VC: Well, the thing is that they were so primitive. Their trains were about twenty years behind ours at the time. Now they're probably twenty years ahead.
KP: Have you ever been back to Japan?
VC: No, and the normal household, which I saw, and, of course, we didn't make a point of going into many, the Isahaya house was, of course, more conventional. It'd be similar to a house we know. But some of the other houses, they were built just as you see pictures of them. ... You went to the front door and there would be a path around an inner structure, and there might be a dirt floor and they'd have implements, you know, if they had a wheelbarrow or a tool, or something like that, it would be there. Then in an elevated inner building, there'd be these paper-type sliding doors and there would be the living quarters, and the living quarters were always immaculate. The shoes were left at the door's entrance and you'd go in and they'd usually have a potbelly stove, or something in the center, or usually, a charcoal burning device. And, very often, what little I saw, there'd be very little furniture and things like closets with sliding doors. They could take out a mat for bedding, or take out something else for sitting on the floor, like pillows and things like that. ... They'd have one, usually bare light bulb out of the ceiling. So, actually, as far as comforts of life and a fascinating lifestyle, theirs was not to be compared with ours. There was one thing that occurs to me, too, that you might be interested in. This complex of factory, machine tool collection and supply collection. One day, we got a report that one of the buildings was operational, and we hadn't been told that they should touch this. So we got together a patrol, went down to find out what's going on. So I go down there, walk in, and here they've got a factory operation going. So I asked for the man in charge, and an elderly gentlemen, not too elderly, but he was an older man, showed up, and I said, "What are you doing?" He said, "We're making stoves." And I said, "And on whose authority are you making stoves?" He says, "Well, on the Allied command. We're making them for you." And sure enough, they had ordered some stoves, sort of potbelly stoves. Then I also found out that this gentleman was a retired admiral. So it occurred to me how these things were segregated so quickly, that there's some intelligence behind this. They had figured out that, one, they were going to lose the war materials, they were hoping to, at least, keep the supplies and the machine tools, and it was functional, I mean, it was happening.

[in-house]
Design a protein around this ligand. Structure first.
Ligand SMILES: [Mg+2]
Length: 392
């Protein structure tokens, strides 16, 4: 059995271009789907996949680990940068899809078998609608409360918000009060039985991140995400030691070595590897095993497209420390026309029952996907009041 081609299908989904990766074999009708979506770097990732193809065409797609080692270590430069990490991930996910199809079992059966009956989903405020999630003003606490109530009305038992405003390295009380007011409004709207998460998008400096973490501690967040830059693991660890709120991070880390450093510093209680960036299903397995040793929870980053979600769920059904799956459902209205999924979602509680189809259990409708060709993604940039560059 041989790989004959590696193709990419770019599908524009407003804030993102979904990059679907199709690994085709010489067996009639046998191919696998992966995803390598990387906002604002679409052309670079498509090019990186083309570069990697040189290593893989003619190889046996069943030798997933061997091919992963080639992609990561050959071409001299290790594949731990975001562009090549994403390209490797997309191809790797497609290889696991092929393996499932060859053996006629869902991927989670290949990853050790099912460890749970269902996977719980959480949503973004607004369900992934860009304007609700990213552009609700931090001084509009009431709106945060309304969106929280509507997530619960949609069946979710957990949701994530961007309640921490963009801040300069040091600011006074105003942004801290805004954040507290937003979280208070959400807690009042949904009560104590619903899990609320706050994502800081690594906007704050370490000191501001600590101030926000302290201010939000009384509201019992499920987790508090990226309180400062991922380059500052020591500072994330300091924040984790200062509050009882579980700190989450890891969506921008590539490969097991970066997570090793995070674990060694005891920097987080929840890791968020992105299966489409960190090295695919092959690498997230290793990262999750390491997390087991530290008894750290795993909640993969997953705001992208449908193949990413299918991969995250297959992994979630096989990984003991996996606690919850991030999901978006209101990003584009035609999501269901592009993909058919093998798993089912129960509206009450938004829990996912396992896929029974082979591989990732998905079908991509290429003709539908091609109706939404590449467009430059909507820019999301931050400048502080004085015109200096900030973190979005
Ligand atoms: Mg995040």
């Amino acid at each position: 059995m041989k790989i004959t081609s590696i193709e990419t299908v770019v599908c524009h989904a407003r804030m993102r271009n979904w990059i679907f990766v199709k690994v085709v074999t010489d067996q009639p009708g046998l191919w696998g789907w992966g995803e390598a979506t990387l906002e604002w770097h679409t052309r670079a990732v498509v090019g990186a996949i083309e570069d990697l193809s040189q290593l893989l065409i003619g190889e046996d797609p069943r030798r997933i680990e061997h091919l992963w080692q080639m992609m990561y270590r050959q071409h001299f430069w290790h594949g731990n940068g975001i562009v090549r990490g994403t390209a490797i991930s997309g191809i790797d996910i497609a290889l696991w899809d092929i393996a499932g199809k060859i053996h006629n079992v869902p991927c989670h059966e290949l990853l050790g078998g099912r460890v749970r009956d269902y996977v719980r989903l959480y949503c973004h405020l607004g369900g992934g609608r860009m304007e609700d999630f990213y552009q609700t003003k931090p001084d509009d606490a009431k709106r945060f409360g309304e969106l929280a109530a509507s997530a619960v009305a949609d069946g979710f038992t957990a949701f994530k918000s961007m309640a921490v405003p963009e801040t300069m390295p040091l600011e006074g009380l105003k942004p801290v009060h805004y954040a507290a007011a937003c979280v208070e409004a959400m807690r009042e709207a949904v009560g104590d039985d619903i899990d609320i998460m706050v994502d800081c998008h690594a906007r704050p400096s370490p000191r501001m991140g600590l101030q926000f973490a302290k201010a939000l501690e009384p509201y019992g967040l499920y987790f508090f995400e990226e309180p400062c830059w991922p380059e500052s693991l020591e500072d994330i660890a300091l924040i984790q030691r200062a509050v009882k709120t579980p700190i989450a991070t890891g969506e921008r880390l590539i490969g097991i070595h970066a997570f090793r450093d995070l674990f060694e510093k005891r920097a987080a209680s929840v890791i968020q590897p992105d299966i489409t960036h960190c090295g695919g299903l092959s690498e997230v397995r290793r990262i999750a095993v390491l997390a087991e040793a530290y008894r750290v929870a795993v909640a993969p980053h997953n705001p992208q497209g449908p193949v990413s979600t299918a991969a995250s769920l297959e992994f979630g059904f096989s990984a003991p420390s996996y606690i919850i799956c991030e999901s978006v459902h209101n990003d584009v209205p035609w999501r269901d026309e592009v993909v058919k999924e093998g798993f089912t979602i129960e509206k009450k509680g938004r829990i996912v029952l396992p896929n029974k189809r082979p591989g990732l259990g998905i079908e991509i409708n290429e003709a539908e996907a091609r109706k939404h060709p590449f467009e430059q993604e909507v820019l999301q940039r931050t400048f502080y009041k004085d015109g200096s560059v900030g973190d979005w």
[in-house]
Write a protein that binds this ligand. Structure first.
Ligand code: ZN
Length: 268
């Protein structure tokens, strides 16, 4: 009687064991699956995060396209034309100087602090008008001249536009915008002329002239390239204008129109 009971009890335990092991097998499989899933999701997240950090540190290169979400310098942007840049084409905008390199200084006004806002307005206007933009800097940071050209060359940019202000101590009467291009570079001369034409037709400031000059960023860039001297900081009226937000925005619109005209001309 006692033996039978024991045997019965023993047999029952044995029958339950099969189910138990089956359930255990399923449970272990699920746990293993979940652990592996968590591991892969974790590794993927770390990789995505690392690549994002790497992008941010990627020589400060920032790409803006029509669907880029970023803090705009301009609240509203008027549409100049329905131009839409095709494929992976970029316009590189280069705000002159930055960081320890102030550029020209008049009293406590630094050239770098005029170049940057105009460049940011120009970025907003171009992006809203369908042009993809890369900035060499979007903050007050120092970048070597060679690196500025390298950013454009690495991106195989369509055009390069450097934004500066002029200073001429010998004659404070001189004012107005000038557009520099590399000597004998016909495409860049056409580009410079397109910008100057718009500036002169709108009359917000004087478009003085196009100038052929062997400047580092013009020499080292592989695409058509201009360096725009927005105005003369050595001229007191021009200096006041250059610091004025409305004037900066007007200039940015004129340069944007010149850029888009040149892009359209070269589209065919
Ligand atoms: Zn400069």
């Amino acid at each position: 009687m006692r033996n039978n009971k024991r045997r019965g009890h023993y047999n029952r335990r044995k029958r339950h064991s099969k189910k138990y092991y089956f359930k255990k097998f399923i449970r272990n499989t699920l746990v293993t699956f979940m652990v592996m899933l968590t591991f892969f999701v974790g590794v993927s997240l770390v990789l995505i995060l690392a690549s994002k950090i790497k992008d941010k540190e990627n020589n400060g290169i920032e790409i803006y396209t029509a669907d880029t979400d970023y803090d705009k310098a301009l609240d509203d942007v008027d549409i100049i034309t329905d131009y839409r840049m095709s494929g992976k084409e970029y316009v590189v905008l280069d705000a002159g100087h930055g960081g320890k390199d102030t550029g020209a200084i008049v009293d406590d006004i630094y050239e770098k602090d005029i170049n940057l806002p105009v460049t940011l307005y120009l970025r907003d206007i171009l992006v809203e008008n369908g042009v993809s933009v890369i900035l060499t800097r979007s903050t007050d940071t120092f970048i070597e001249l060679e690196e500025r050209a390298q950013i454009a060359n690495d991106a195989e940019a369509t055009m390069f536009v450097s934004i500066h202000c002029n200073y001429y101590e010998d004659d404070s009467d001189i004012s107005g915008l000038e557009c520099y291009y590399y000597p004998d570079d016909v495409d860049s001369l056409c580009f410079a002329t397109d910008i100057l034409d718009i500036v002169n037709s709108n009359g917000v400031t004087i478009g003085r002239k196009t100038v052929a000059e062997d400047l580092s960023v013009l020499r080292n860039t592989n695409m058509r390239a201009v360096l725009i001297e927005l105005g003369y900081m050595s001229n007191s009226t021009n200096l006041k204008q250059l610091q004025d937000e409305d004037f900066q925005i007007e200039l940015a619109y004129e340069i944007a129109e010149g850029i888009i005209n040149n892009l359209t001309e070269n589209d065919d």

KP: Are you surprised how quickly Japan rebuilt?
VC: Well, the Japan I knew was primitive by comparison. I took a drive, one day, into the Shimabara Peninsula, which was, when Saint Francis evangelized, a lot of Catholics were going, this peninsula was known for a center of Catholicism. ... There were some fishing villages, and I went to this little fishing village and I thought I was back to about the fifteenth or sixteenth century. There were no vehicles in sight that were motor driven vehicles. There was a bulkhead and little fishing boats there and they had fish being dried on the boardwalk area, and it was so quaint. It looked like it was a different century as well as a different country and different culture. ... I drove up one farmer's road, I think, and the guy's eyes almost popped out. A vehicle had never been on that little road before. So it was very primitive, and how it evolved so quickly into one of the, is surprising to me.
KP: Have you ever bought a Japanese car?
VC: I think I had a second-hand Japanese car, but I haven't bought a new one. ... I think I should buy American, except that it's losing its importance now, because, I think a lot of the automobile industry is internationalized, and so who are we kidding?
KP: Had you ever thought of staying in the Marines?
VC: Oh, yes. Particularly in Japan. I was enjoying my assignment there and I gave it some thought. But, you know, everybody was anxious to get home, and so I thought, perhaps it was time for me to go home, too.
KP: It sounds like you also missed your family.
VC: Well, I think anyone of my background has a certain pattern of life and priorities that are compatible with the rest of our family and with the society that we live in.
KP: When you came back home, where did you land? Did you land in New York, because you were discharged in the Brooklyn Navy Yard?
VC: Well, actually, I landed in San Diego. But in the process, they transferred me to the Brooklyn Navy Yard, which is closest to my home for final processing. But, of course, I was ...
-------------------------------------END OF TAPE TWO, SIDE TWO-------------------------------------
KP: This continues an interview with Mr. Victor Campi on March 27, 1995 at Rutgers University in New Brunswick, New Jersey with Kurt Piehler and ...
BM: ... Brett Marin.
KP: You were discharged from the Brooklyn Navy Yard, but you mentioned that you stayed in the Reserve.
KP: Did you have any concerns that you would be called up for Korea?